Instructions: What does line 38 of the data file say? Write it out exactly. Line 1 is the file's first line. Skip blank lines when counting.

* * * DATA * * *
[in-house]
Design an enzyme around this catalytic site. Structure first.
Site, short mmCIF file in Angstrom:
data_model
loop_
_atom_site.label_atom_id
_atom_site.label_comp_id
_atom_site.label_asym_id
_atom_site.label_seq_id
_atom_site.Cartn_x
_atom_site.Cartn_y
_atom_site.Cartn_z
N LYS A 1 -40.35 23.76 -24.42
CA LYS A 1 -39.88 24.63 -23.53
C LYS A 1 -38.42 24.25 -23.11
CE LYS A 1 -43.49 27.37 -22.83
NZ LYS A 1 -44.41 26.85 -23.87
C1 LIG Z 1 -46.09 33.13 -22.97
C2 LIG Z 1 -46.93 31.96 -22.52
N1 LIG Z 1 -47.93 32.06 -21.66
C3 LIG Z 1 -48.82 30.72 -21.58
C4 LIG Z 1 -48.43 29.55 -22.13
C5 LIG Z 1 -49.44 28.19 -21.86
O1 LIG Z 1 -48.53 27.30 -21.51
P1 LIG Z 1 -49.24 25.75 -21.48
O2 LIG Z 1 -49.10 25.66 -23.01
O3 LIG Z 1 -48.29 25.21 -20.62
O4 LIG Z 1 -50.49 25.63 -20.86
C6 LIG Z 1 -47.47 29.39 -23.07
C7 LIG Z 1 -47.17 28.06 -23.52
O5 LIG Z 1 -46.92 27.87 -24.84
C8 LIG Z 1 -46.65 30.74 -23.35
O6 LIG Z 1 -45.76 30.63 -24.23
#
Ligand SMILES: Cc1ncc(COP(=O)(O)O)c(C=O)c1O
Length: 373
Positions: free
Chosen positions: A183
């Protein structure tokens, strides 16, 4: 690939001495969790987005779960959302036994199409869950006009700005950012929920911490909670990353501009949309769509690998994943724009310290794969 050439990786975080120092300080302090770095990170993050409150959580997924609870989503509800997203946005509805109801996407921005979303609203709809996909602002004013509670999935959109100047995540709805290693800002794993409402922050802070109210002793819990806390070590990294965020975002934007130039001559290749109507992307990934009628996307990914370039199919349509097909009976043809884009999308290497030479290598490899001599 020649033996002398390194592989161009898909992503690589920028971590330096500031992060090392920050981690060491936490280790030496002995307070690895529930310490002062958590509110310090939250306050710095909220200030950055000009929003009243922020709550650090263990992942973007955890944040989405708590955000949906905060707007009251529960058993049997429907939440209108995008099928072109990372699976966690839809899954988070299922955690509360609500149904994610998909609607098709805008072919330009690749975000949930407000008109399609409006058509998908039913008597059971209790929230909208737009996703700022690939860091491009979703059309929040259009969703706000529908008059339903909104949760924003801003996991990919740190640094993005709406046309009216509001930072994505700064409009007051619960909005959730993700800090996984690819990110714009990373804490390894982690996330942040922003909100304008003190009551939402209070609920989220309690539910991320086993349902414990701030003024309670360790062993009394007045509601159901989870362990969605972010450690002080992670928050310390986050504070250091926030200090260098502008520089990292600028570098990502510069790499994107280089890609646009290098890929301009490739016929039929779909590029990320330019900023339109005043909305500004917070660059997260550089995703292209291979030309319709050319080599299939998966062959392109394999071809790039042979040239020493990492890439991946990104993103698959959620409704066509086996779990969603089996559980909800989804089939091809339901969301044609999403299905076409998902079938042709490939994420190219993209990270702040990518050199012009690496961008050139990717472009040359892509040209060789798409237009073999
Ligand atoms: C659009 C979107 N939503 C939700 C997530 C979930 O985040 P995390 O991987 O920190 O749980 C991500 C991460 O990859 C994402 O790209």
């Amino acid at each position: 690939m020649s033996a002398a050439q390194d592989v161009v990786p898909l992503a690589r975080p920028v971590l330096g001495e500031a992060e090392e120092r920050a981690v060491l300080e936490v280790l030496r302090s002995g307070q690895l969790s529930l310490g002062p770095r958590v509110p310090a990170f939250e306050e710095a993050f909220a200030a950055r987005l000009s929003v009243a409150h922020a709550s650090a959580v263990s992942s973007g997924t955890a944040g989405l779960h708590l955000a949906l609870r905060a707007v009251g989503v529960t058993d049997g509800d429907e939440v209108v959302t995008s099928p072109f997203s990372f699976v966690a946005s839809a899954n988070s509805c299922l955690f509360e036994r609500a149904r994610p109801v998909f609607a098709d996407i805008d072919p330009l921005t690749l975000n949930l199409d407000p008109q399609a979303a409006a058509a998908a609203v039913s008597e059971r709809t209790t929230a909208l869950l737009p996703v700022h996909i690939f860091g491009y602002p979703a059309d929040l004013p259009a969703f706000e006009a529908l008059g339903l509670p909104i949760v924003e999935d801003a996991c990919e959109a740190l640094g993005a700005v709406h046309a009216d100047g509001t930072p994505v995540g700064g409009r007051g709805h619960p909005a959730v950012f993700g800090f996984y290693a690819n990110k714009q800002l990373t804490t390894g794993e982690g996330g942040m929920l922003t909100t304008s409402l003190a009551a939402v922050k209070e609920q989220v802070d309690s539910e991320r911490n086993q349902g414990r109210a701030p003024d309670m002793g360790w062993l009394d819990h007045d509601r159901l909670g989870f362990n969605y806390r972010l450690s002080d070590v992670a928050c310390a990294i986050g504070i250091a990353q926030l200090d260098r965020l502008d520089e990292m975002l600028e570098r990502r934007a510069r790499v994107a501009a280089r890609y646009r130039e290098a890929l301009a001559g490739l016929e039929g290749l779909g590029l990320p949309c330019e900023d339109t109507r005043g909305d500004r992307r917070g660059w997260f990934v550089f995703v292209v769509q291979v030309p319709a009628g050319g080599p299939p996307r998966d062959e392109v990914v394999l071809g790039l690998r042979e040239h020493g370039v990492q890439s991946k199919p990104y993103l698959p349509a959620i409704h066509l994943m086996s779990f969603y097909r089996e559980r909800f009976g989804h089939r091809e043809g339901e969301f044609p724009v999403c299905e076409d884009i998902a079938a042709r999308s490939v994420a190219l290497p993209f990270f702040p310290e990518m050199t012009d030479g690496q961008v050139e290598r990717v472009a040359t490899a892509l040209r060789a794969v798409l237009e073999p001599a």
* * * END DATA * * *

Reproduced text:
Chosen positions: A183